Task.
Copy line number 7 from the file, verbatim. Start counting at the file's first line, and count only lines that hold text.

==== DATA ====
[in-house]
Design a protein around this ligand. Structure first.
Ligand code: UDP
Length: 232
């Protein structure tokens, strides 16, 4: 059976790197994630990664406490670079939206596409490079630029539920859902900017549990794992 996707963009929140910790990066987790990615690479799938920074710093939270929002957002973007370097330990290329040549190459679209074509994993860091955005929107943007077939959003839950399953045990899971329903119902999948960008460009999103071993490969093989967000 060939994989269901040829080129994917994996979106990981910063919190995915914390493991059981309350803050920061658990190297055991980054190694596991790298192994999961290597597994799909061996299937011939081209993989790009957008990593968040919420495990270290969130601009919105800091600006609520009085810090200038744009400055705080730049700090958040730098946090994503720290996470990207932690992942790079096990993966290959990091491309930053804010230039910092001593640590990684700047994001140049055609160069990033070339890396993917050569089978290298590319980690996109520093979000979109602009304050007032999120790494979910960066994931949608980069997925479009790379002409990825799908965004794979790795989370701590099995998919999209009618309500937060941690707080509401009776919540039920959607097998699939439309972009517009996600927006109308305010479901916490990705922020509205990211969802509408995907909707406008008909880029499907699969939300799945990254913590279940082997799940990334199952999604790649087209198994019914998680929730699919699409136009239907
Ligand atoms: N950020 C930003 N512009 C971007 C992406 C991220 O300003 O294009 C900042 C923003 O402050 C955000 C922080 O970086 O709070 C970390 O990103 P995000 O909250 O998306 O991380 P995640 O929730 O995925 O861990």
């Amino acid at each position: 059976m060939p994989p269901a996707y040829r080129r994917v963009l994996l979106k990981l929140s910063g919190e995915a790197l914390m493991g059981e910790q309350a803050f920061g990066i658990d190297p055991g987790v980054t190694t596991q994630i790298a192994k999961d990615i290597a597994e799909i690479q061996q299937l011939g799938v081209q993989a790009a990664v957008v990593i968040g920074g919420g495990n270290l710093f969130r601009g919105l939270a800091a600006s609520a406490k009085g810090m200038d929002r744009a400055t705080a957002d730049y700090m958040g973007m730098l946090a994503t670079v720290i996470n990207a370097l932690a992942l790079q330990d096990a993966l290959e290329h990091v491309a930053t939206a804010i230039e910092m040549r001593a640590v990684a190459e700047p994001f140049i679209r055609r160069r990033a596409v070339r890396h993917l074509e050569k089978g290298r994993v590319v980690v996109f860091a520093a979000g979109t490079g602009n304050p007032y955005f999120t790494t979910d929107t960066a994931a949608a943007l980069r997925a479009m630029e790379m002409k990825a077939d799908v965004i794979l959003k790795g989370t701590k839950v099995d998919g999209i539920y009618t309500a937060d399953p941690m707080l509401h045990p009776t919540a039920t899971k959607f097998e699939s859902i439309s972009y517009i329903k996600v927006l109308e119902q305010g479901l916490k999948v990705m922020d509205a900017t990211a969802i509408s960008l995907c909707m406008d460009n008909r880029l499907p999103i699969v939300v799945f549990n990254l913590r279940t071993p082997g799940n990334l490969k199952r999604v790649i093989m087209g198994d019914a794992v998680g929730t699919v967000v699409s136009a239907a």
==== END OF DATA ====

């Amino acid at each position: 059976m060939p994989p269901a996707y040829r080129r994917v963009l994996l979106k990981l929140s910063g919190e995915a790197l914390m493991g059981e910790q309350a803050f920061g990066i658990d190297p055991g987790v980054t190694t596991q994630i790298a192994k999961d990615i290597a597994e799909i690479q061996q299937l011939g799938v081209q993989a790009a990664v957008v990593i968040g920074g919420g495990n270290l710093f969130r601009g919105l939270a800091a600006s609520a406490k009085g810090m200038d929002r744009a400055t705080a957002d730049y700090m958040g973007m730098l946090a994503t670079v720290i996470n990207a370097l932690a992942l790079q330990d096990a993966l290959e290329h990091v491309a930053t939206a804010i230039e910092m040549r001593a640590v990684a190459e700047p994001f140049i679209r055609r160069r990033a596409v070339r890396h993917l074509e050569k089978g290298r994993v590319v980690v996109f860091a520093a979000g979109t490079g602009n304050p007032y955005f999120t790494t979910d929107t960066a994931a949608a943007l980069r997925a479009m630029e790379m002409k990825a077939d799908v965004i794979l959003k790795g989370t701590k839950v099995d998919g999209i539920y009618t309500a937060d399953p941690m707080l509401h045990p009776t919540a039920t899971k959607f097998e699939s859902i439309s972009y517009i329903k996600v927006l109308e119902q305010g479901l916490k999948v990705m922020d509205a900017t990211a969802i509408s960008l995907c909707m406008d460009n008909r880029l499907p999103i699969v939300v799945f549990n990254l913590r279940t071993p082997g799940n990334l490969k199952r999604v790649i093989m087209g198994d019914a794992v998680g929730t699919v967000v699409s136009a239907a």